Increasing Companies׳ Internal Controls And Enhancing Disclosure Requirements
A recent amendment to the Israeli Securities Regulations aims to increase companies’ internal controls over financial reporting and disclosure procedures. The purpose of the amendment is to improve the quality of financial reporting and corporate disclosure and to provide senior management with reasonable assurance regarding the accuracy of the financial reports and their compliance with the law.
Under the amendment, effective for annual reports for the year ending December 31, 2010, companies will be required to attach to their annual and quarterly financial reports (i) an additional report of the company’s directors and management evaluating the effectiveness of the company’s internal controls over financial reporting, (ii) personal CEO and CFO certifications confirming the statements in the board and management reports, and (iii) a report by the company’s comptroller addressing the company’s internal controls.
In their annual report for the year ended December 31, 2009, companies will be required to state their progress in implementing the internal controls and disclosure requirements and procedures with respect to financial reporting.
Israeli Patent Commissioner Announces New Classification And Priority Treatment For ״Green״ Patent Applications
In an effort to participate in the worldwide struggle to protect the environment and to encourage research and development in the field, the Israeli Patent Commissioner (the ״IPC״) has recently announced a new type of patent application classification, called ״Green Applications״.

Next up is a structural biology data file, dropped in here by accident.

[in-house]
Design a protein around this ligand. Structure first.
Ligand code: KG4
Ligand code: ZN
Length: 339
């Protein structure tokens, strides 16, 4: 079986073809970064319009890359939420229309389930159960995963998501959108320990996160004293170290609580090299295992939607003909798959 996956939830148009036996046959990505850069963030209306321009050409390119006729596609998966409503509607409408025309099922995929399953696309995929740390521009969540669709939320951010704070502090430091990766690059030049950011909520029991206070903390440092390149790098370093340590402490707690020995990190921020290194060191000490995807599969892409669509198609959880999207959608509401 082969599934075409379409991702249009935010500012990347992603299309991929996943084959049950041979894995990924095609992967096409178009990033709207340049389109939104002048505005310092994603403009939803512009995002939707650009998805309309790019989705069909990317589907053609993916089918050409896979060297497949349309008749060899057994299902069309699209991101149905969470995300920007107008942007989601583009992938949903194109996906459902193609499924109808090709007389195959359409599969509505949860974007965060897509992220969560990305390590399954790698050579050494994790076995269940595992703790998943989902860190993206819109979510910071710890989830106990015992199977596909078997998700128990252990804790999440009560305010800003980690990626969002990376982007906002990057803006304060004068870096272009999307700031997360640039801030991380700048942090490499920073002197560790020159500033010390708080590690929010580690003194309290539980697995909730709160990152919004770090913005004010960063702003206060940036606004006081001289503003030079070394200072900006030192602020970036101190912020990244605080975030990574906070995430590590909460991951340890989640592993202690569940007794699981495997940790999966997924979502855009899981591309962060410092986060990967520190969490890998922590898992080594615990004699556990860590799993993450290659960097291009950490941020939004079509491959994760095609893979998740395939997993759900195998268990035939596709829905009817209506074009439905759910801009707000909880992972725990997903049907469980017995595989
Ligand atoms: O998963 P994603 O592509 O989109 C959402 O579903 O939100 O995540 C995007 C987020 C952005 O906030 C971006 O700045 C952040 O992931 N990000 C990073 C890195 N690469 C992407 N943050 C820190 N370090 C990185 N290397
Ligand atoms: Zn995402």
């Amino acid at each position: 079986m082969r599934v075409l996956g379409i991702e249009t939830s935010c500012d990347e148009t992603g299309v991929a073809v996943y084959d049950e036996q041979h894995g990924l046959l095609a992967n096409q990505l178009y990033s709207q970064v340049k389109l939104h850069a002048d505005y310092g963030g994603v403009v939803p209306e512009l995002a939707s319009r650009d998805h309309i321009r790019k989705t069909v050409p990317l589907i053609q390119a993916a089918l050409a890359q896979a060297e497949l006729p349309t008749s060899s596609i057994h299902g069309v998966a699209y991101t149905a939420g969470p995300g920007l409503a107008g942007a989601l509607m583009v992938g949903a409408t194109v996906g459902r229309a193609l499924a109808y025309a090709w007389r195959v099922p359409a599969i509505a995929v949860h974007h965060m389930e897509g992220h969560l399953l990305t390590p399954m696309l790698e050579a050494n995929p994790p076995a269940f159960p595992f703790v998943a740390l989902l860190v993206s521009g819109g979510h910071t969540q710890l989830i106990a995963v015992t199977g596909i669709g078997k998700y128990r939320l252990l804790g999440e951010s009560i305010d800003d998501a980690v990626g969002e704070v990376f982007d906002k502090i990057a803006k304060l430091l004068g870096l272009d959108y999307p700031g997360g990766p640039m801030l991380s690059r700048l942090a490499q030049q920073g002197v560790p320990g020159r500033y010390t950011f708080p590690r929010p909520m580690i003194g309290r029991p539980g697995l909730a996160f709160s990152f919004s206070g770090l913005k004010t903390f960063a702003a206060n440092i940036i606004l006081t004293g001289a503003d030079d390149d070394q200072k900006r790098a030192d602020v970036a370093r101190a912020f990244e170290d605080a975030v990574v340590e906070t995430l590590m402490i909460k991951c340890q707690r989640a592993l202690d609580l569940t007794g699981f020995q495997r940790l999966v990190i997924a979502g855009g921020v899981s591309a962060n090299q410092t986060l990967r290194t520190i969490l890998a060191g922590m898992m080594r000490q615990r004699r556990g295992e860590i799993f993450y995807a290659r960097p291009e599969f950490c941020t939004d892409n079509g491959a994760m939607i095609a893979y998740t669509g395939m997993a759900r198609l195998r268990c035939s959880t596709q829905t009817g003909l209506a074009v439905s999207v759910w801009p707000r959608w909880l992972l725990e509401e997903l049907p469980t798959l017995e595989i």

As of December 27, 2009, patent applications regarding inventions that assist in protecting the environment, for
example by delaying the causes for global warming, decreasing air or water pollution, advancing non-polluting agriculture, among others, will be classified as Green Applications.
The IPC further stated that Green Applications will receive priority in the examination process by the Israeli Patent Office and the examination will begin no later than three months from the date of classification as a Green Application. Such classification will assist the applicant in by-passing the “first-come-first-served” basis on which patent applications are typically examined by the Israeli Patent Office.
An applicant who wishes for an application to be classified as a Green Application must attach a letter shortly describing how the invention serves to advance the protection of the environment. The Israeli Patent Office will inform the applicant if the application is classified as a Green Application, as well as when the examination process will commence. A request for classifying an application as a Green Application may be submitted also with respect to applications filed prior to the introduction of this new policy.
New Policy Regarding Participation In Arbitration Procedures In Which The State of Israel Is One of The Parties
The (now former) Israeli Attorney General, Mr. Menny Mazuz recently published a new directive pursuant to which the State of Israel may participate in arbitration procedures. This guidance constitutes a change in the policy in place since 2003 according to which generally the State of Israel did not settle its disputes through arbitration. This change was made possible as a result of an amendment to the Israeli Arbitration Law, 1968, which allows the parties to appeal to a court with an arbitration ruling, subject to certain limitations.
According to the new directive, only the Attorney General has the authority to execute an arbitration agreement. His approval is also required in order to include an arbitration clause or to refer a dispute to an arbitration procedure. The exercise of an arbitration clause also requires the approval of the Attorney General and of the relevant authorized department or unit after consulting with the Attorney General.